Nature & Travel Book Reviews (page 9)

THE WANDER SOCIETY by Keri Smith
ENTERTAINMENT & SPORTS
Released: March 29, 2016

"The amusing and informative philosophy of a hidden culture that proposes that wandering is the key to a soulful life."
A guidebook to aimless wandering. Read full book review >
IN SEARCH OF BUDDHA'S DAUGHTERS by Christine Toomey
BIOGRAPHY & MEMOIR
Released: March 22, 2016

"An inspiring and necessary addition to the body of work about modern-day Buddhism."
A British journalist's account of her yearlong investigation into the lives and motivations of women who chose to become Buddhist nuns. Read full book review >

ALMOST HOME by Githa Hariharan
BIOGRAPHY & MEMOIR
Released: March 22, 2016

"An uneven collection—never just travel writing or political analysis—that nonetheless seems to map new territory of its own."
Essays on identity, place, and the pervasiveness of the past in the present, by a global literary citizen. Read full book review >
THE MIND CLUB by Daniel M. Wegner
NATURE & TRAVEL
Released: March 22, 2016

"Complex science lightly delivered; a pleasure for anyone comfortable with the thought that knowing others' minds will improve our own."
Do the dead have thoughts? The late Harvard psychology professor Wegner (The Illusion of Conscious Will, 2002, etc.), assisted by neuroscientist Gray (Mind Perception and Morality/Univ. of North Carolina), ponders that ethereal question and much more.Read full book review >
50 GREAT AMERICAN PLACES by Brent D. Glass
HISTORY
Released: March 15, 2016

"An enlightening trip with an expert guide."
A journey in search of the nation's history. Read full book review >

CURRENT AFFAIRS
Released: March 15, 2016

"Witty and engaging, this book simultaneously celebrates and challenges spiritual traditions."
In this evenhanded book, Wexler (Boston Univ. School of Law; Tuttle in the Balance, 2015, etc.) chronicles his travels around the world in search of spiritual practices that threaten environmental stewardship.Read full book review >
WHERE WE WANT TO LIVE by Ryan Gravel
BUSINESS & ECONOMICS
Released: March 15, 2016

"An uplifting story about what people can accomplish working for a common purpose they make their own."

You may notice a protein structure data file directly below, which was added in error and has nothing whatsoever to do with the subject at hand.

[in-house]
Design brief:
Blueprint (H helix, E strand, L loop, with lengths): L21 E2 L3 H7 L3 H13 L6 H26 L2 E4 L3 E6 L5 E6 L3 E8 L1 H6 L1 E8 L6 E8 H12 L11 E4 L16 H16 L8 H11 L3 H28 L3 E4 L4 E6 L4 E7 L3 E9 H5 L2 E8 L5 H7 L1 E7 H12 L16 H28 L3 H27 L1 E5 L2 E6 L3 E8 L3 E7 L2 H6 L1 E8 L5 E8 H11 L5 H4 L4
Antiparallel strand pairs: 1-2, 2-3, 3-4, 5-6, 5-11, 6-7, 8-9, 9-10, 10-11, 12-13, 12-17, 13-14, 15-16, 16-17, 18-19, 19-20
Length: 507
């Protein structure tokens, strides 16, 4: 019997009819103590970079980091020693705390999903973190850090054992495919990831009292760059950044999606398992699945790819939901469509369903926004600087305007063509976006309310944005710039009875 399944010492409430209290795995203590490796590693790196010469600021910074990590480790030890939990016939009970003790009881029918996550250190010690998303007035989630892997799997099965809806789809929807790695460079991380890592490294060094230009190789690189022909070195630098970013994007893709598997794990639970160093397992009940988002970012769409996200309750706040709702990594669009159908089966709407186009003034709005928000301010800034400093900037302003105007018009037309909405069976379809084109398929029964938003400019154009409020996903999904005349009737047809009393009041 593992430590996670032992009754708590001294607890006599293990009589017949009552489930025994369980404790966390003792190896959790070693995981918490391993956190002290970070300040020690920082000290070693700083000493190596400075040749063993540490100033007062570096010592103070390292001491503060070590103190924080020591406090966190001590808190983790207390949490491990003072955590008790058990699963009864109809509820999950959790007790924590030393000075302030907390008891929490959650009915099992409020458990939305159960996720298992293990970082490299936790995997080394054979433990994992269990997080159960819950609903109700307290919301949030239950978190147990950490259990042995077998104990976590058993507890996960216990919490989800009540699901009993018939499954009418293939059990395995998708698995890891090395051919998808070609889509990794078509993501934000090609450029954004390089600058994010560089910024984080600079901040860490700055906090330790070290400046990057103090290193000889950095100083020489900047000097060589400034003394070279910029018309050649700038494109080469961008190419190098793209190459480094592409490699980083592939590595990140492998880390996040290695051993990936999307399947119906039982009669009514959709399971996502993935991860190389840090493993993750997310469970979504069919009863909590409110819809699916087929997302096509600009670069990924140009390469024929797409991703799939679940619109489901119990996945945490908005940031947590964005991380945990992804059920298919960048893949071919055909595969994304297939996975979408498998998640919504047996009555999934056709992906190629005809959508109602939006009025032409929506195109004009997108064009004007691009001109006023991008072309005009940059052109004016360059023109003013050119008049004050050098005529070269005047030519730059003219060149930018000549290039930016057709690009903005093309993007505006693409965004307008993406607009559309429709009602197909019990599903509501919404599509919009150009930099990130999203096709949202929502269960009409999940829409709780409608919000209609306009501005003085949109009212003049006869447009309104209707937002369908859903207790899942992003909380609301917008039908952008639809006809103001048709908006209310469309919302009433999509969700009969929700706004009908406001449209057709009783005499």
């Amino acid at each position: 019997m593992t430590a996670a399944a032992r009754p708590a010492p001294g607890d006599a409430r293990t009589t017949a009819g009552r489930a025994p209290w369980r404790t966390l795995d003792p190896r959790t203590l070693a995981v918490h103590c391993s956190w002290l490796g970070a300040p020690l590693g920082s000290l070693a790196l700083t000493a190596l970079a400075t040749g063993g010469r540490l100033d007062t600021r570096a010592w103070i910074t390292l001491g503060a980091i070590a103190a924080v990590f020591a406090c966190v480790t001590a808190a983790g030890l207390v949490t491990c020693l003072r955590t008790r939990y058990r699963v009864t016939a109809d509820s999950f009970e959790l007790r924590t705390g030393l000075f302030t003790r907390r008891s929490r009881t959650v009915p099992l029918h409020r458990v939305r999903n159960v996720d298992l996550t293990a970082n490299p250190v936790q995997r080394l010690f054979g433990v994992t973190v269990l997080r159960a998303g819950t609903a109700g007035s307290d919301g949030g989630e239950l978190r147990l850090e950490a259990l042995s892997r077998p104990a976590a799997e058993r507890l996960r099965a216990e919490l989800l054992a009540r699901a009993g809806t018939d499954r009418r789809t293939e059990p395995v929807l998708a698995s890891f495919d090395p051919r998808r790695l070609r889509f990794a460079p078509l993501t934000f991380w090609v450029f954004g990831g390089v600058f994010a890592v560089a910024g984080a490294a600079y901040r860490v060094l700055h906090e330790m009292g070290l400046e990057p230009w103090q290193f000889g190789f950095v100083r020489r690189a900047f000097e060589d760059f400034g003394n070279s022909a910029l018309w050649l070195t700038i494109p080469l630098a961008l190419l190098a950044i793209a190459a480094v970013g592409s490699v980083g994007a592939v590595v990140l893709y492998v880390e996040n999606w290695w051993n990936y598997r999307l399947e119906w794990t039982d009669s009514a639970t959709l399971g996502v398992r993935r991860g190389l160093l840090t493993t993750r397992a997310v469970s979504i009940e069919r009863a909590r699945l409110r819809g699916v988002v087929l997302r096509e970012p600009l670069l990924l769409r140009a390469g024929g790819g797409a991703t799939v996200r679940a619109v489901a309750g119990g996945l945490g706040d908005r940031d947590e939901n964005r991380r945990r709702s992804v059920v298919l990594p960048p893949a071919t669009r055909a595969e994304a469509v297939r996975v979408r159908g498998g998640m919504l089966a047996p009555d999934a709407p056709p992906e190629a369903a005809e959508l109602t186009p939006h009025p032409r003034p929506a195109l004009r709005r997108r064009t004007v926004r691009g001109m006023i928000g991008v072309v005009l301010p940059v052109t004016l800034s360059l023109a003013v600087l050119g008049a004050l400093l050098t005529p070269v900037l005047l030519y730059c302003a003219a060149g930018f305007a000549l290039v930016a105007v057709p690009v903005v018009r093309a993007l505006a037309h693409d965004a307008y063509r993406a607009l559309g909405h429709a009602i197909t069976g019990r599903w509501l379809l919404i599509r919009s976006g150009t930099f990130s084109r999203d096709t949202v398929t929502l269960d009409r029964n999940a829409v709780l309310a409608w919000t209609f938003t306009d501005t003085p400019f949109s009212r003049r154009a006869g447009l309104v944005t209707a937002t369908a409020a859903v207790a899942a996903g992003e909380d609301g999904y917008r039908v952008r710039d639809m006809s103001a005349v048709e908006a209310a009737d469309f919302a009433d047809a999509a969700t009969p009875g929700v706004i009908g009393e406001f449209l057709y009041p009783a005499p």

An autobiographical account of the reclamation of Atlanta's Beltline and its potential contribution to building a new urban culture for this century. Read full book review >
THE RAREST BIRD IN THE WORLD by Vernon R.L. Head
BIOGRAPHY & MEMOIR
Released: March 15, 2016

"Die-hard bird-watchers may forgive Head's indulgences, but others may wish for a crisper telling."
A dedicated bird-watcher's narrative of a quest for the Nechisar Nightjar, a bird never seen live, known only to scientists by a single wing found in 1990. Read full book review >
RIGHTFUL HERITAGE by Douglas Brinkley
BIOGRAPHY & MEMOIR
Released: March 15, 2016

"Overlong, as are so many of Brinkley's books, but a brightly written, highly useful argument, especially in a time when the public domain is under siege."
Brinkley (History/Rice Univ.; Cronkite, 2012, etc.) returns with the provocative argument that Theodore Roosevelt was not the only environmentalist in the Roosevelt clan—far from it.Read full book review >
British Columbia by Frank Townsley
NATURE & TRAVEL
Released: March 9, 2016

"A perfect gift for a friend with a mountain cabin and a coffee table."
A naturalist, teacher, and guide shares his appreciation for his home province in this debut collection of gorgeous photographs and watercolors. Read full book review >
MY BRAIN ON FIRE by Leonard Pitt
BIOGRAPHY & MEMOIR
Released: March 8, 2016

"From start to finish, Pitt's memoir is a lively autodidactic romp through a life well-lived in both mind and body."
A theater actor's memoir of a life and way of thinking permanently altered by the seven years he spent as a young man living in 1960s Paris. Read full book review >
HALF-EARTH by Edward O. Wilson
NATURE & TRAVEL
Released: March 7, 2016

"Not so much a potent plan as another informed plea for humanity to act as stewards of the biosphere rather than owners."
The noted naturalist and Pulitzer Prize-winning author again waxes eloquent on behalf of the biosphere. Read full book review >
Kirkus Interview
Nancy Isenberg
author of WHITE TRASH
July 19, 2016

Poor Americans have existed from the time of the earliest British colonial settlement. They were alternately known as “waste people,” “offals,” “rubbish,” “lazy lubbers,” and “crackers.” By the 1850s, the downtrodden included so-called “clay eaters” and “sandhillers,” known for prematurely aged children distinguished by their yellowish skin, ragged clothing, and listless minds. Surveying political rhetoric and policy, popular literature and scientific theories over 400 years, in White Trash: The 400-Year Untold History of Class in America, Nancy Isenberg upends assumptions about America’s supposedly class-free society––where liberty and hard work were meant to ensure real social mobility. Poor whites were central to the rise of the Republican Party in the early nineteenth century, and the Civil War itself was fought over class issues nearly as much as it was fought over slavery. “A riveting thesis supported by staggering research,” our reviewer writes in a starred review. View video >